Interestingly, the Supreme Court of the United States, just a few days prior to the issuance of the new 2020 rule, issued an opinion concluding that Title VII of the Civil Rights Act of 1964 prohibited discrimination against LGBTQ+ employees.[9] The court interpreted "sex" in that statute as encompassing more than just biological sex; it encompassed gender identity. Meaning, transgender employees were covered under Title VII and couldn't be discriminated against in the workplace. The new rule issued by CMS and HHS seems to run counter to this Supreme Court decision and their analysis of "sex" in federal statutes.

Early on, two transgender women filed suit against HHS. The women claimed that they had previously been discriminated against. The District Court for the Eastern District of New York issued a preliminary injunction staying the new rule. This means that the new rule would not become effective, pending the lawsuit.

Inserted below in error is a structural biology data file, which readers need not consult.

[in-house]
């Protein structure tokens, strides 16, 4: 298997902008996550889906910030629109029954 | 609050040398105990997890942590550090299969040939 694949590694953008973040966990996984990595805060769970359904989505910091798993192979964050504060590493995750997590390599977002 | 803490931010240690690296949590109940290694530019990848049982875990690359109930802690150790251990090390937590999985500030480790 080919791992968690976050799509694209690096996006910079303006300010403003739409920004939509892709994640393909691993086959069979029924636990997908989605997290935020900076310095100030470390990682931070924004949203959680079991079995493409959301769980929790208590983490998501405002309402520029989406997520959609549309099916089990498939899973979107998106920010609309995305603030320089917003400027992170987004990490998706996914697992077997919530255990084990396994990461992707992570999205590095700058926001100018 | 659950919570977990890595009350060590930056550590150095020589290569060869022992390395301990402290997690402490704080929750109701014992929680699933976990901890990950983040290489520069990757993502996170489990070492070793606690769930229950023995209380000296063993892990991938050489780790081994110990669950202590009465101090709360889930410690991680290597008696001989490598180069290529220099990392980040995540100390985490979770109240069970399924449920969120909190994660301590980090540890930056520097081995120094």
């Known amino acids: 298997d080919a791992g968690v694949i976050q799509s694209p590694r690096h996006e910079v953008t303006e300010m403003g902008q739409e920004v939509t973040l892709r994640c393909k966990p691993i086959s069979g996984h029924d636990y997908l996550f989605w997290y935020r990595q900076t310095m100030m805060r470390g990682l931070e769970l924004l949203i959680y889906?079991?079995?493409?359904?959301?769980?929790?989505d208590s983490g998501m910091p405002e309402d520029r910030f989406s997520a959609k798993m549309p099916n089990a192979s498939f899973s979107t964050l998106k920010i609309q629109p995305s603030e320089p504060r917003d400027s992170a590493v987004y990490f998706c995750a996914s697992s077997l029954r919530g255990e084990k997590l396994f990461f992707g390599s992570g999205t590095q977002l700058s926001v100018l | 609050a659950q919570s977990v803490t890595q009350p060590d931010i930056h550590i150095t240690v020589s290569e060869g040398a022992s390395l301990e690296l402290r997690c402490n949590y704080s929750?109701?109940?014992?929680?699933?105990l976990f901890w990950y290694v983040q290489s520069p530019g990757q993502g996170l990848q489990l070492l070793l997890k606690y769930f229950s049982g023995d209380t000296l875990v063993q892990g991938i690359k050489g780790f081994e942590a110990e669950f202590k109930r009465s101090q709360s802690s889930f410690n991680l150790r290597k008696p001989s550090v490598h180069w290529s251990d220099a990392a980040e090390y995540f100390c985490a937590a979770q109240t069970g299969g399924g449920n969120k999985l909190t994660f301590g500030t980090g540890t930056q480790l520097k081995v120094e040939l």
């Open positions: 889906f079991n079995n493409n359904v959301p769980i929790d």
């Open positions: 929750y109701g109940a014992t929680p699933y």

Thereafter, 23 Attorneys General filed another lawsuit. The states and districts listed as plaintiffs in the suit include California, Colorado, Connecticut, Delaware, Hawaii, Illinois, Maine, Maryland, Massachusetts, Michigan, Minnesota, Nevada, New Jersey, New Mexico, New York, North Carolina, Oregon, Pennsylvania, Rhode Island, Vermont, Virginia, Washington D.C., and Wisconsin. The Complaint states, "The 2020 Rule also guts the robust language access provisions of the 2016 Rule, including eliminating requirements that covered entities notify LEP individuals of their rights and reducing entities' obligations to ensure that LEP individuals are afforded appropriate language access services while seeking and obtaining health care."[10] The State of Washington has also filed a lawsuit to keep the new rule from becoming effective.[11]

While the various lawsuits will likely draw on for the foreseeable future, advocates can rest knowing that the new rule may not immediately take effect. Whether one is for or against the new rule, the courts will analyze the law and issue their conclusion. The new rule may stand in its entirety, be struck down and later modified by CMS and HHS, or scrapped altogether.